RAY: So I'm certainly sensitive to the caregivers and the fact that they may have to leave a job. My wife, fortunately, when my mom was here and very sick for nine months, she wasn't working outside of the home, was able to care for her. So I'm very sensitive that I think the government once again is going about it the wrong way. They're mandating it. They're imposing another tax. I propose an alternative. The government is what decides what disability is. They could redefine the word disability and then have insurance companies sell short-term disability insurance plans approved by the commissioner of insurance, and businesses could participate in it that way. If the state wanted to be involved, they could incentivize it by providing tax credits to businesses that provide this short-term disability to their employees.

Assault Weapons Ban

This week marked the one-year anniversary of the elementary school shooting in Uvalde, Texas, that killed 19 students and two teachers. The Portland Press Herald editorial board put out an article, saying, "Our view: fudging assault weapons ban is what's appalling. Of the four members of Maine's congressional delegation, only Representative Chellie Pingree supports a ban on guns capable of inflicting unthinkable damage on our communities. Her counterparts aren't prepared to say much about why they don't."

ZACH: Ray, I want to start with you. I know you're a strong supporter of the Second Amendment, but why can't even a Democrat like Jared Golden or an Independent like Senator King take a stronger stance on this? 

RAY: Well, I think once again, we're not dealing with this as a holistic issue. Sane people don't go out and murder people in a mass way. We have a mental health crisis in this country and we refuse to deal with it. Any time someone does something like this, we don't even talk about that perspective. All we talk about is the gun as though the gun pulled the trigger itself. We need to deal with the mental health crisis in this country. That's a much more expansive thing. When we had the assault weapons ban, so-called assault weapons ban, previously, we still had mass shootings. Columbine is a good example of that.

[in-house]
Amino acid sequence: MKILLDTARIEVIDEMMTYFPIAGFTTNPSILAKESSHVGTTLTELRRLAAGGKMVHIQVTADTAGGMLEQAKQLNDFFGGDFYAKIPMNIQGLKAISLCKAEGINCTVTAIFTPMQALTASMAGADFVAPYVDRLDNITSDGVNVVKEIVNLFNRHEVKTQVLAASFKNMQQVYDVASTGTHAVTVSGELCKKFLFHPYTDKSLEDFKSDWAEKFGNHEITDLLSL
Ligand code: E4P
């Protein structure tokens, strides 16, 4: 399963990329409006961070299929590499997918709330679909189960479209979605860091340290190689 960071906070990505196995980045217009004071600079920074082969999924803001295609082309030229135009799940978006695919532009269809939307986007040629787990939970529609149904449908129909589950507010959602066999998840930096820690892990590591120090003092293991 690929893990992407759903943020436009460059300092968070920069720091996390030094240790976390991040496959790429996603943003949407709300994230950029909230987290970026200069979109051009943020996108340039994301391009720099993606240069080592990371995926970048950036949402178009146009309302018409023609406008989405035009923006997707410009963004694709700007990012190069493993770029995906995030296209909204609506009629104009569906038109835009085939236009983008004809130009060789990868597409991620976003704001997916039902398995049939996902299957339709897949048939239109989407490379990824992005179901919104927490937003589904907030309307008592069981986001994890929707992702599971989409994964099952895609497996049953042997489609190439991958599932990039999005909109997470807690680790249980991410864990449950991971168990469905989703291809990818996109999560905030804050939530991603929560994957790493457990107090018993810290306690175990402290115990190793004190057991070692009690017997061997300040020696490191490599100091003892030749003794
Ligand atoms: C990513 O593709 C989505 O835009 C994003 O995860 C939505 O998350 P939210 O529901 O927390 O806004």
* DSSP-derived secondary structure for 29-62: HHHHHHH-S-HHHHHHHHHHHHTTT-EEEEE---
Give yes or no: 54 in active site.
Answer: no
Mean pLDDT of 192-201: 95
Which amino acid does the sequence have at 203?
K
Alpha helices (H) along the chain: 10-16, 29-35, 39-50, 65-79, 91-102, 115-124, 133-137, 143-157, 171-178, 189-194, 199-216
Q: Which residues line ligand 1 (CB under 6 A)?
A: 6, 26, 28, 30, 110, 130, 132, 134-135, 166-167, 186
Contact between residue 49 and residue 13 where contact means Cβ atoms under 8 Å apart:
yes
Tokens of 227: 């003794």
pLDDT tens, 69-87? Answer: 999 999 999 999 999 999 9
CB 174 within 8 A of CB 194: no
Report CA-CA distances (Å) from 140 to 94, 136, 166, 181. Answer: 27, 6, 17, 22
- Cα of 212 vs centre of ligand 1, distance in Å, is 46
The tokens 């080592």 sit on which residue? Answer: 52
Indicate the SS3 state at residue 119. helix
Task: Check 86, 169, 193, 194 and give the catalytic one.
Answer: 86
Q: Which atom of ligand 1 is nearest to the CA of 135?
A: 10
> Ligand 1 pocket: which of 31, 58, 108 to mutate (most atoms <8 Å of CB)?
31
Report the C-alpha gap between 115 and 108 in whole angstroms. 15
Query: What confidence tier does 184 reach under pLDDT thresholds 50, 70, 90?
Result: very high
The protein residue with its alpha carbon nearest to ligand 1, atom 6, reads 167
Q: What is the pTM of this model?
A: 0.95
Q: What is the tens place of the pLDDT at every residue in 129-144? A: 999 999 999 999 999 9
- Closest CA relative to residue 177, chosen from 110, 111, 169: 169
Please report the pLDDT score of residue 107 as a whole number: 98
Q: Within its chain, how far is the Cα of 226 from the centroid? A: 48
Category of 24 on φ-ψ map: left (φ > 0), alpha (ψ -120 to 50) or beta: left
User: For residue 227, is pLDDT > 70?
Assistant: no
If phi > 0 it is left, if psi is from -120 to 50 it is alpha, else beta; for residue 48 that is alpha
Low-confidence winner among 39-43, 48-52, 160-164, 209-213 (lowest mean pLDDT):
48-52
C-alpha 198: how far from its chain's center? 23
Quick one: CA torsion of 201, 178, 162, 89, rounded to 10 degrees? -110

ETHAN: Well, mass shootings, after the assault weapons ban ended, went up exponentially. Right? They dropped dramatically during that ten-year period. While certainly we have a mental health crisis in America, a lot of countries have a mental health crisis. You know, what they don't have is the kind of gun violence that we have. The reason is the accessibility of guns. It's very disappointing that our delegation is not willing to speak out on this, particularly Senator King and also Senator Collins. Senator Collins actually voted for an assault weapons ban 20 years ago. She should be a leader on this issue. I would hope that Senator King would also come out on this, that there is no reason for anybody in America to have an assault weapon in their possession.

DeSantis Announcement

The 2024 presidential race is really starting to take shape. This week, Florida governor and Trump rival Republican Ron DeSantis officially announced his run for the White House. He did it in a livestream with Twitter CEO Elon Musk. 

ZACH: Ethan, polling puts him behind former President Donald Trump. Is he likely to take away from his supporters?

ETHAN: Supporters know he's going to lose. There's no doubt about it. But, you know, and it was a monumentally flawed rollout. It was a terrible rollout. Tons of technical problems. The messaging was off. But, you know, how bad the rollout was doesn't really matter. What matters is how bad his policies is. This is a guy who's banning books in Florida, banning the teaching of African-American history in schools. You can't even say the word "gay" in the classroom down there. He banned abortion from after six weeks. He's killing jobs down there as he fights with Disney over the social you know—He's basically trying to get into American lives in a way that we haven't seen in decades, unfortunately. So while he did a terrible rollout, I want to be very clear: What's really bad about this guy is his policies. The fact that Donald Trump and he are the top two Republican nominees, boy, that's kind of scary. That tells you all you need to know about the GOP these days.